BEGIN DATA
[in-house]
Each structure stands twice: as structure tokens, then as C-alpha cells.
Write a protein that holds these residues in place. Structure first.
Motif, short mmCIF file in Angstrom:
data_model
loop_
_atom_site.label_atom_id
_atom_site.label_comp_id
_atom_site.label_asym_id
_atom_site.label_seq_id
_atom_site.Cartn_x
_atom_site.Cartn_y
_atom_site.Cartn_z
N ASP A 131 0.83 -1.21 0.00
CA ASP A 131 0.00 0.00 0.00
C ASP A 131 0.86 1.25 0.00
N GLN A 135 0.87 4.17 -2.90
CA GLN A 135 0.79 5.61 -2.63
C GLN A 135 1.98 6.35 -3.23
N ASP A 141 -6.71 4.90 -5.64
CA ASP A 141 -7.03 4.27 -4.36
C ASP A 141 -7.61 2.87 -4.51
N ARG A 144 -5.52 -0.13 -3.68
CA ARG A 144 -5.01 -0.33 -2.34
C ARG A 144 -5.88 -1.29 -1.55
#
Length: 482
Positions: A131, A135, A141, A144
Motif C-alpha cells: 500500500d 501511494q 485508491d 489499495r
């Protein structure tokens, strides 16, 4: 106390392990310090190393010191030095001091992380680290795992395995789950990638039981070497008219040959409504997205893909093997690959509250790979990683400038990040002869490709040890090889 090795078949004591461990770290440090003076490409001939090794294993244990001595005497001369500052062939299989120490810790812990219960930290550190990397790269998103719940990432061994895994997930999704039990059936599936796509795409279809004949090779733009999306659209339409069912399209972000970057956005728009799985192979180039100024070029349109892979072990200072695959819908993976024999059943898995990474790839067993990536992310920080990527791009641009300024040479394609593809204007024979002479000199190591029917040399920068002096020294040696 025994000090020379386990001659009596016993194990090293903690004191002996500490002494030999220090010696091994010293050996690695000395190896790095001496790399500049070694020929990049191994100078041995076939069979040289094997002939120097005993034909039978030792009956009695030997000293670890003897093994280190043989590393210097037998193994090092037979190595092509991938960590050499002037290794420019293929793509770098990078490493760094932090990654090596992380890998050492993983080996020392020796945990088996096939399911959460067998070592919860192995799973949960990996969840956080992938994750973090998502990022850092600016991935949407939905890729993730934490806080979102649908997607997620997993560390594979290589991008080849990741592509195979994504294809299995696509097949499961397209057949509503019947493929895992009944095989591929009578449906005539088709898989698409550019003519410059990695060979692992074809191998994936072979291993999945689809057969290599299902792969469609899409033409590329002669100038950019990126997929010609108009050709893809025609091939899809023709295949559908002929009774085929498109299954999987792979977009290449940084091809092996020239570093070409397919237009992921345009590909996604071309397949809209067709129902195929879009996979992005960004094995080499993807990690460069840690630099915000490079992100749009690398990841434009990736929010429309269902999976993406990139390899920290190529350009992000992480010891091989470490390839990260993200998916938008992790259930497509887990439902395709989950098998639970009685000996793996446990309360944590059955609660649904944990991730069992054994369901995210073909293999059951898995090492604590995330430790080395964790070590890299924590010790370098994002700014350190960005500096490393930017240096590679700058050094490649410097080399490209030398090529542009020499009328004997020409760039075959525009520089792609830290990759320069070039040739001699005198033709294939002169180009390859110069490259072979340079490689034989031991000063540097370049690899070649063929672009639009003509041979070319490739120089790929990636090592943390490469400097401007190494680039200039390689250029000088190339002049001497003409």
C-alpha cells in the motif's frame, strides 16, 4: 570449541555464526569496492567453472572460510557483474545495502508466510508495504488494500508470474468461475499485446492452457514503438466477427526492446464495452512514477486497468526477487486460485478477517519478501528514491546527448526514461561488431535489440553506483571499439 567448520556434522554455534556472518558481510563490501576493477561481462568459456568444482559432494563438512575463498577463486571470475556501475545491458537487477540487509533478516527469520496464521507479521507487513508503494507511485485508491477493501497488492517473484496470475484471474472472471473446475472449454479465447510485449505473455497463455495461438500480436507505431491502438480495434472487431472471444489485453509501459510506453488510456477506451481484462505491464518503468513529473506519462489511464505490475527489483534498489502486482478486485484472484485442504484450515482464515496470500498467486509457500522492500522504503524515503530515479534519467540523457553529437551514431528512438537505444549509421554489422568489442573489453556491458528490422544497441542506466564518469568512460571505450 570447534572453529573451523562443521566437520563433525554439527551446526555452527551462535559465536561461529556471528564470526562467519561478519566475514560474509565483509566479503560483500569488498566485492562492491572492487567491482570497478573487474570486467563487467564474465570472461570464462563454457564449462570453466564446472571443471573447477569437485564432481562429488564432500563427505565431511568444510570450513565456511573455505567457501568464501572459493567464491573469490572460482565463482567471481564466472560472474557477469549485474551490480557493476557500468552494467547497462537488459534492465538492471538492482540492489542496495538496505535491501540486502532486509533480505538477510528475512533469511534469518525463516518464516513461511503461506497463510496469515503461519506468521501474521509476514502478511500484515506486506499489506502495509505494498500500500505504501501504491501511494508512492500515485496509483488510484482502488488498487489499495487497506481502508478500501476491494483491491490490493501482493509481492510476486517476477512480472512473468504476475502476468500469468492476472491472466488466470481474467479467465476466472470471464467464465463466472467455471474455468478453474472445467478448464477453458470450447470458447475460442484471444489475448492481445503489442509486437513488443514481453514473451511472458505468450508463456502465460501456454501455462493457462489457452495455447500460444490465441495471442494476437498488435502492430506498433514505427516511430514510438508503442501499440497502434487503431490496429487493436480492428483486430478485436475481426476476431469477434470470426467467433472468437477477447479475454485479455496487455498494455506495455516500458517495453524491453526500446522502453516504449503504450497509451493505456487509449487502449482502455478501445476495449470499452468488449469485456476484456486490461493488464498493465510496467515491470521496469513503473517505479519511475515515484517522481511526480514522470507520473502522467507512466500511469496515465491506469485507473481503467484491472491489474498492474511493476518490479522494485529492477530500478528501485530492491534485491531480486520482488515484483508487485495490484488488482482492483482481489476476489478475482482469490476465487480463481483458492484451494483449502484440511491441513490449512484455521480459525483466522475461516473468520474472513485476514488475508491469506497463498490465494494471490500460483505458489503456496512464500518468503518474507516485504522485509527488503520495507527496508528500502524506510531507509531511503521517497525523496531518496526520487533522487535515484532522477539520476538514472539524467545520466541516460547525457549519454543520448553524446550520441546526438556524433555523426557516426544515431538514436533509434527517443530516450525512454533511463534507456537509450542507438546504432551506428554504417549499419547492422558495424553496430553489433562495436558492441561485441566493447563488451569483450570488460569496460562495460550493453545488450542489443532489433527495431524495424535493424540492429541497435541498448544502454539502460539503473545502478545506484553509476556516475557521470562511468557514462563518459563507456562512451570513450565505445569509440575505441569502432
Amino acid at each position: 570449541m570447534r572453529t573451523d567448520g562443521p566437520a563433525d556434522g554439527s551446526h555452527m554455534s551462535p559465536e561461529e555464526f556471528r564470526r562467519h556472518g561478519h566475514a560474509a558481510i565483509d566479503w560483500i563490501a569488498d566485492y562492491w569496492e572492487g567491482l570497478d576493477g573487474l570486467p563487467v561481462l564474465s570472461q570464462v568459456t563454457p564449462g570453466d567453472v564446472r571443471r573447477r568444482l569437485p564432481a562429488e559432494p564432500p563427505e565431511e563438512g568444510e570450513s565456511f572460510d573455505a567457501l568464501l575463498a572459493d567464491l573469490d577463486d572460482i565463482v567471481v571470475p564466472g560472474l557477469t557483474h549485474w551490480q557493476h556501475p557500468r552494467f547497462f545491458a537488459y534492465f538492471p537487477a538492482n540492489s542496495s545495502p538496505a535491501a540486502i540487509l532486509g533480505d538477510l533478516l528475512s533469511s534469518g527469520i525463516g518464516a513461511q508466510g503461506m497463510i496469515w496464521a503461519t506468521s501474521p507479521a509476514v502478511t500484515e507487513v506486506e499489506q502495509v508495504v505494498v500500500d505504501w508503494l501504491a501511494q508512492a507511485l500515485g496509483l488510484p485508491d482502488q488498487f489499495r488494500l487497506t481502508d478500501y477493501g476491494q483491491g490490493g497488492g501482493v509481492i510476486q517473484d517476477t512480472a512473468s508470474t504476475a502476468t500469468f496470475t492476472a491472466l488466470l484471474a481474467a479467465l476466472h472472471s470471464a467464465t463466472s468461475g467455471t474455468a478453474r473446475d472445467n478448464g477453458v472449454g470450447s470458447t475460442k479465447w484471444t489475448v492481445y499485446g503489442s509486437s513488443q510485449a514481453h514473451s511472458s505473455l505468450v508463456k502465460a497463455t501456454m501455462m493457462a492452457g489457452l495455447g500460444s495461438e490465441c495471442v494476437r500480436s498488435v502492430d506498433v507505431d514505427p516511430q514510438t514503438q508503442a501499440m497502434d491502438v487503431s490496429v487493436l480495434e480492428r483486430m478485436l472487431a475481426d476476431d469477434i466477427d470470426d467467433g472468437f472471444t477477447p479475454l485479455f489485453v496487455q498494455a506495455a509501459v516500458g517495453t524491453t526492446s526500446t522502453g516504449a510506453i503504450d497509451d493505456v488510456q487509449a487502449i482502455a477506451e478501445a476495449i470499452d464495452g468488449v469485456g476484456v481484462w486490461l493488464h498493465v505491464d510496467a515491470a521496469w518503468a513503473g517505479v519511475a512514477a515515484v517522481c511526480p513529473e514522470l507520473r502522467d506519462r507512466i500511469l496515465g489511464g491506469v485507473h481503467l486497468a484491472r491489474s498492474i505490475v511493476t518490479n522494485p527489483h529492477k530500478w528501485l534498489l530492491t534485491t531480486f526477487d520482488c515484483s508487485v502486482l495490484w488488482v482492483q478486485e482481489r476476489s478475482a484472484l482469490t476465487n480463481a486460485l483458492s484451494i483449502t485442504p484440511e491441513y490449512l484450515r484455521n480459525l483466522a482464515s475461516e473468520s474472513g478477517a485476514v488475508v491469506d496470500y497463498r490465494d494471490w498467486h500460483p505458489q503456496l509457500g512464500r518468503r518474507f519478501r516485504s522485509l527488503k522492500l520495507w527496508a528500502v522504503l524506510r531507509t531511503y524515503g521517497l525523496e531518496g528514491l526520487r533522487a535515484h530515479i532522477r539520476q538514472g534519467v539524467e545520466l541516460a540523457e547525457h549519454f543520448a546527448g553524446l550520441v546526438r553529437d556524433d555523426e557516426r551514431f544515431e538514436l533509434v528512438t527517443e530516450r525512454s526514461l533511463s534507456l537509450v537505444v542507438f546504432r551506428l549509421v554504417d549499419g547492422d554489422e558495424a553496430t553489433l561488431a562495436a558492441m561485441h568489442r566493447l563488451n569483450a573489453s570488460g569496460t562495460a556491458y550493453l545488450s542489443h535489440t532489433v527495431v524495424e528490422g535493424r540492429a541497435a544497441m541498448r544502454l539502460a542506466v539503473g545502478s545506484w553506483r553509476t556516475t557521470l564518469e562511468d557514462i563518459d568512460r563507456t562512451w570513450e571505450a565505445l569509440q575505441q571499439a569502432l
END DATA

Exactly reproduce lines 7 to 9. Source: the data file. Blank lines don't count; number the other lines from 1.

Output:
_atom_site.label_atom_id
_atom_site.label_comp_id
_atom_site.label_asym_id